In addition to the treaties, the United States government used the concept of discover, the rite of conquest, and military force to incorporate indigenous lands into the national fold.” The quote explains how everything was ordered with the beginning of the Indian Reservations. The Indians had things change for them when they switched lands. Military force incorporated indigenous lands into the national fold. In the text it states, “In both the colonial period an the years that followed the American Revolution, reservations were an outgrowth of government land acquisition. Before the Revolution, various colonies created reservations that were subsequently recognized by legislatures as Indian reserves. The Second Continental Congress in 1775 established an Indian Department to deal with Indian affairs. After independence, the United States adopted a national.” The text explains how the American Revolution were an outgrowth to the government. The Second Continental Congress was established an Indian Department after Independence. To wrap up congress acted to create a policy of removal that would relocate Native Americans to “reserved lands” west of the Mississippi. President Andrew Jackson was the principal of this policy, declaring in 1830 that “Humanity has often wept over the fate of the aborigines of this country.”In Conclusion, by minimizing the conflict between Indians and settlers, Native American reservations were beneficial to the Native Americans.”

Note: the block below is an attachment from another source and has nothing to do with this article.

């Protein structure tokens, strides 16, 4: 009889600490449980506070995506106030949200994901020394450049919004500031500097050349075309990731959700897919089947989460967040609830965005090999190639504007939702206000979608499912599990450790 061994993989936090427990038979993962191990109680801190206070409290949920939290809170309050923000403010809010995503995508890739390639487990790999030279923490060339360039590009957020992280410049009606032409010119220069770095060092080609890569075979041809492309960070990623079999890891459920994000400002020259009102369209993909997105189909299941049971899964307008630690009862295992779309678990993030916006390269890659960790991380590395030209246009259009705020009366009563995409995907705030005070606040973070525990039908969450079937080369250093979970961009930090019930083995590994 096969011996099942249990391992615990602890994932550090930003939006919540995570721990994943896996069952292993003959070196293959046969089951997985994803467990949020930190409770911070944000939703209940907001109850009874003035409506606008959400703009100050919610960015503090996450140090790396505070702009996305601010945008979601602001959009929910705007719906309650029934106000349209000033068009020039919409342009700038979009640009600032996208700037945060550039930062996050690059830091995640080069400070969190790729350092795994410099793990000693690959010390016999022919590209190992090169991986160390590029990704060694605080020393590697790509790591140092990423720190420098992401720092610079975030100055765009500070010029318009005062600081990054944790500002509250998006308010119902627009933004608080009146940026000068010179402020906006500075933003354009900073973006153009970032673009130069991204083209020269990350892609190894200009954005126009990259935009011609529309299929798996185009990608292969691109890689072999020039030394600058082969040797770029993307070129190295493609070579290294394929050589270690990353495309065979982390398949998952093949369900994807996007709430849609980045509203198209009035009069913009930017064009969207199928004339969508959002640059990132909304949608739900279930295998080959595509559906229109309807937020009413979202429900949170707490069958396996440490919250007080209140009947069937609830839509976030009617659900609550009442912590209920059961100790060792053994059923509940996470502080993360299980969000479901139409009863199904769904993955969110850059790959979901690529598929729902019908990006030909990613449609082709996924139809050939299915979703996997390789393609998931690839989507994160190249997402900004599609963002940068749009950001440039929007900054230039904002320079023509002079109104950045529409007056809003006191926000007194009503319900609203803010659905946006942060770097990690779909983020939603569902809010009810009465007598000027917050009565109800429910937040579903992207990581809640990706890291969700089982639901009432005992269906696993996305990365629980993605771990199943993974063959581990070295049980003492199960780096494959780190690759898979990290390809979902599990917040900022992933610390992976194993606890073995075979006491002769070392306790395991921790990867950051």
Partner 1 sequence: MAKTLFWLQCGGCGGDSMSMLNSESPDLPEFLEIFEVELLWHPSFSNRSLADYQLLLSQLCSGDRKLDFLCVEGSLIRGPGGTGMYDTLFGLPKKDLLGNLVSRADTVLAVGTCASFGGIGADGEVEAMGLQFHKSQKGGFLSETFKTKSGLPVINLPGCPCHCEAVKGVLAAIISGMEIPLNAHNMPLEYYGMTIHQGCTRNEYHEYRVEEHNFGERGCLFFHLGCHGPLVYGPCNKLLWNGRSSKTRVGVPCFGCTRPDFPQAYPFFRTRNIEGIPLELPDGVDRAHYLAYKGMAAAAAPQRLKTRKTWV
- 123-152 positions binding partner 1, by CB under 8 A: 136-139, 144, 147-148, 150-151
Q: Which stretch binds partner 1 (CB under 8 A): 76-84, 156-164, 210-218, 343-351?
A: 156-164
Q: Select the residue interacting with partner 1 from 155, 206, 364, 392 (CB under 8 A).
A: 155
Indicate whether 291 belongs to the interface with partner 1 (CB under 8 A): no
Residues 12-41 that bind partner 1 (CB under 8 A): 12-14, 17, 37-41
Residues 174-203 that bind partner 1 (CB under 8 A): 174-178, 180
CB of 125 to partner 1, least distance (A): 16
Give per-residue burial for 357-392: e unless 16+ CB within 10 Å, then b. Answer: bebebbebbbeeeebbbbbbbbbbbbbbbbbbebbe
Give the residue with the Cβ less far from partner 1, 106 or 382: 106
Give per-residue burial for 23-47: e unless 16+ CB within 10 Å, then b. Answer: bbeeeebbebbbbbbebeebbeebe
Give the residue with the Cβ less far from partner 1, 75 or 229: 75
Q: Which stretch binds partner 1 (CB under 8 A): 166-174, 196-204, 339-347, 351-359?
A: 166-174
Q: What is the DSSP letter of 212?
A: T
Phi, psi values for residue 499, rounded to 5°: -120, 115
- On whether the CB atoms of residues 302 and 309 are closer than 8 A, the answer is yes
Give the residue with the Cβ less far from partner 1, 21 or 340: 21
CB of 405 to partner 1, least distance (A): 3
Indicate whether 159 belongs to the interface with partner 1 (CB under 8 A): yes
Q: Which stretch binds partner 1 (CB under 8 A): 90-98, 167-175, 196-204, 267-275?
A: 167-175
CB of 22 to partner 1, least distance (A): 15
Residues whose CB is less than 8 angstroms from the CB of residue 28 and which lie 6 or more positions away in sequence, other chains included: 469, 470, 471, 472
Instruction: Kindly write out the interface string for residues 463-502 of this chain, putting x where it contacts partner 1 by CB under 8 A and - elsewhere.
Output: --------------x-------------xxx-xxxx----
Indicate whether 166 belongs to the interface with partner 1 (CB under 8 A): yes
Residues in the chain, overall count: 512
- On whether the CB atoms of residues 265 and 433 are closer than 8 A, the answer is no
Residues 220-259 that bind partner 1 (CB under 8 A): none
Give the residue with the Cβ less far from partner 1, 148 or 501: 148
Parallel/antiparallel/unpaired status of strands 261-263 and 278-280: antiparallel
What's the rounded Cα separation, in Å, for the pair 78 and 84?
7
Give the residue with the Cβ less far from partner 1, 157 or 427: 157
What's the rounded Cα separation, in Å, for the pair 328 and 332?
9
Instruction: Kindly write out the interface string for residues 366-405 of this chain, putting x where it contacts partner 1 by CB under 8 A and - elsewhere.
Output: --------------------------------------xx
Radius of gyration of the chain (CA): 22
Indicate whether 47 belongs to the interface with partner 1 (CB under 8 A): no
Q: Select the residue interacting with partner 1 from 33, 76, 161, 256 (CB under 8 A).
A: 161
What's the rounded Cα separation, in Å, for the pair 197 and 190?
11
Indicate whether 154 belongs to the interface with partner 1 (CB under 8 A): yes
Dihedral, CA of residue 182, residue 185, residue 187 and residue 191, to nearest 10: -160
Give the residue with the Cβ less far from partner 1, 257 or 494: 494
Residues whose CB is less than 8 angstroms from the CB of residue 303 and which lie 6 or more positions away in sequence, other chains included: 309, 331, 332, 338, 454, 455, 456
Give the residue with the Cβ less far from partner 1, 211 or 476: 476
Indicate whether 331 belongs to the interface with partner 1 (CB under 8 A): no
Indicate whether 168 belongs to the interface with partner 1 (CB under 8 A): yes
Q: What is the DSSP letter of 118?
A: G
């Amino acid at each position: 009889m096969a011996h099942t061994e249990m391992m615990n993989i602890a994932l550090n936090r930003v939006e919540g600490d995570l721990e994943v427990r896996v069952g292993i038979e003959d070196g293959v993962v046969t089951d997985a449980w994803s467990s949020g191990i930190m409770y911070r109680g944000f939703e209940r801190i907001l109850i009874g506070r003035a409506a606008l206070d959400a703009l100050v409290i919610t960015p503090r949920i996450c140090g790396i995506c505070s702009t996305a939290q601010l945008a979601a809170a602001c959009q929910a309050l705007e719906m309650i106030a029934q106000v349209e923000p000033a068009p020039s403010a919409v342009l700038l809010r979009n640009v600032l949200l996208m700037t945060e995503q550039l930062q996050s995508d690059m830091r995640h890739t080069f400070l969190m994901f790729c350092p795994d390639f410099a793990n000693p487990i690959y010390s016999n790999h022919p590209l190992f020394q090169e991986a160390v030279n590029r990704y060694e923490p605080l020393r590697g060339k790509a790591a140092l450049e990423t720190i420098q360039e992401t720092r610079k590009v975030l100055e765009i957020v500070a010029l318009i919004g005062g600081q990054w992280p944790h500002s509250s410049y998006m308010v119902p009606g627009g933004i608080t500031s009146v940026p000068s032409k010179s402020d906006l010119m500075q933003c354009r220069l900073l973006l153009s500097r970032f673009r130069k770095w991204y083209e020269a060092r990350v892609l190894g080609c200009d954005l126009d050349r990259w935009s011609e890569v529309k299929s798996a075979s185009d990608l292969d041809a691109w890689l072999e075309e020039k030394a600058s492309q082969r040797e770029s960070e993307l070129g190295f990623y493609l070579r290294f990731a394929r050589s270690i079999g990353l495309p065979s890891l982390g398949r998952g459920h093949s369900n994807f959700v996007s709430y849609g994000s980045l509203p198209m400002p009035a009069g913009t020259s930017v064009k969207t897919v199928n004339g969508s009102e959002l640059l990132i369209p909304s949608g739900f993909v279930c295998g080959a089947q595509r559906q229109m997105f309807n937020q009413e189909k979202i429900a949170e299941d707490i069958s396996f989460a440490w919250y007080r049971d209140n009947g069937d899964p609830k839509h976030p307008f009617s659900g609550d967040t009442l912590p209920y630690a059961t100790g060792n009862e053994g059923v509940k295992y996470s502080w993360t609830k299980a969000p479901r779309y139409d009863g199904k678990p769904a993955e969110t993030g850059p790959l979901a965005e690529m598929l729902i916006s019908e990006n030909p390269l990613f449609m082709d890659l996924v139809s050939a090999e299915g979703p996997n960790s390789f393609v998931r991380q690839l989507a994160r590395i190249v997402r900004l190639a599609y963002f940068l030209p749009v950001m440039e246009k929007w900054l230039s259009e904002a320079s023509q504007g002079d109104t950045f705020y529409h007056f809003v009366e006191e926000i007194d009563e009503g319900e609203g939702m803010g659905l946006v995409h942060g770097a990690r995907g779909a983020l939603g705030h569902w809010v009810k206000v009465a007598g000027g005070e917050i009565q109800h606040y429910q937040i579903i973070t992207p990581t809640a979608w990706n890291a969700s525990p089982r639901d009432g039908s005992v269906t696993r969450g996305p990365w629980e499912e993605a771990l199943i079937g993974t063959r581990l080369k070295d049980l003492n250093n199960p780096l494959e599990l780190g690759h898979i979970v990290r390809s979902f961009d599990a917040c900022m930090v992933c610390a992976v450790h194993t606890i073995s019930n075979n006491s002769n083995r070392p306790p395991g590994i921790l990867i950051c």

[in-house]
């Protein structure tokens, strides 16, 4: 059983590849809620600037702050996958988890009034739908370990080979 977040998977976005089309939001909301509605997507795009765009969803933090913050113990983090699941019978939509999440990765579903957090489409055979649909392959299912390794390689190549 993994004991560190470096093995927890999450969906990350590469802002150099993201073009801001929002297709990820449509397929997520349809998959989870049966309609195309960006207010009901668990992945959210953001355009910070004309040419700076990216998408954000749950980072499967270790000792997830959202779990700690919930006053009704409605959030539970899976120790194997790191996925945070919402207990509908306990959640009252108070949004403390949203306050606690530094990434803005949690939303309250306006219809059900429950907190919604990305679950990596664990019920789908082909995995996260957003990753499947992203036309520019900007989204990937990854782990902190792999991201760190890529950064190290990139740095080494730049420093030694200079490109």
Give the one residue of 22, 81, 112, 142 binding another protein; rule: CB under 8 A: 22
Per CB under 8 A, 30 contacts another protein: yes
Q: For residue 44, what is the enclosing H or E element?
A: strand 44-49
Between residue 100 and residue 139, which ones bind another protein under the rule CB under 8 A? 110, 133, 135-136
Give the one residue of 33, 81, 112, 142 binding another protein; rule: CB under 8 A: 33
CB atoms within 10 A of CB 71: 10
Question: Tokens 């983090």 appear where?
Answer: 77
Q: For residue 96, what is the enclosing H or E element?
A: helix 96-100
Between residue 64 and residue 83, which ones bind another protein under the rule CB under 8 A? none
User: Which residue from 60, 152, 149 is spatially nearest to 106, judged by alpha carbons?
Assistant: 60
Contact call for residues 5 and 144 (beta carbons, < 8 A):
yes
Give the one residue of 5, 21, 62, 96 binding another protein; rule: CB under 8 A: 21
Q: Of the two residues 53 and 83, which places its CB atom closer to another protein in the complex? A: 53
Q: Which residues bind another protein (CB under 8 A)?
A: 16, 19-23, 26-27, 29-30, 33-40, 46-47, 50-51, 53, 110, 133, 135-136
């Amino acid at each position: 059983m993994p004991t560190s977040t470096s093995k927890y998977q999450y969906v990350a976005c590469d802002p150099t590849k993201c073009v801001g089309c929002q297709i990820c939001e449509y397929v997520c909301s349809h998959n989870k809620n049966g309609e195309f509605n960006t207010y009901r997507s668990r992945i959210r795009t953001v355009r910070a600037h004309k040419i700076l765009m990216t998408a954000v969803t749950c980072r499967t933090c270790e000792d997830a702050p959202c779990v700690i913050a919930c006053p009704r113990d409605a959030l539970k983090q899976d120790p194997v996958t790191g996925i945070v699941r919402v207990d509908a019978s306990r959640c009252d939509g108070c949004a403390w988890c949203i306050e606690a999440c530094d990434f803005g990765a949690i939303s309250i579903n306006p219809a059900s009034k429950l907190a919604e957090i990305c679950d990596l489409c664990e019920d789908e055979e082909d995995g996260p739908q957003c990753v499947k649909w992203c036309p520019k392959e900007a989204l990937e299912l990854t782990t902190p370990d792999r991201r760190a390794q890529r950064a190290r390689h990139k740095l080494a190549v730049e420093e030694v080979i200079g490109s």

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Role of Indian Reservations. (2021, Jun 07). Retrieved from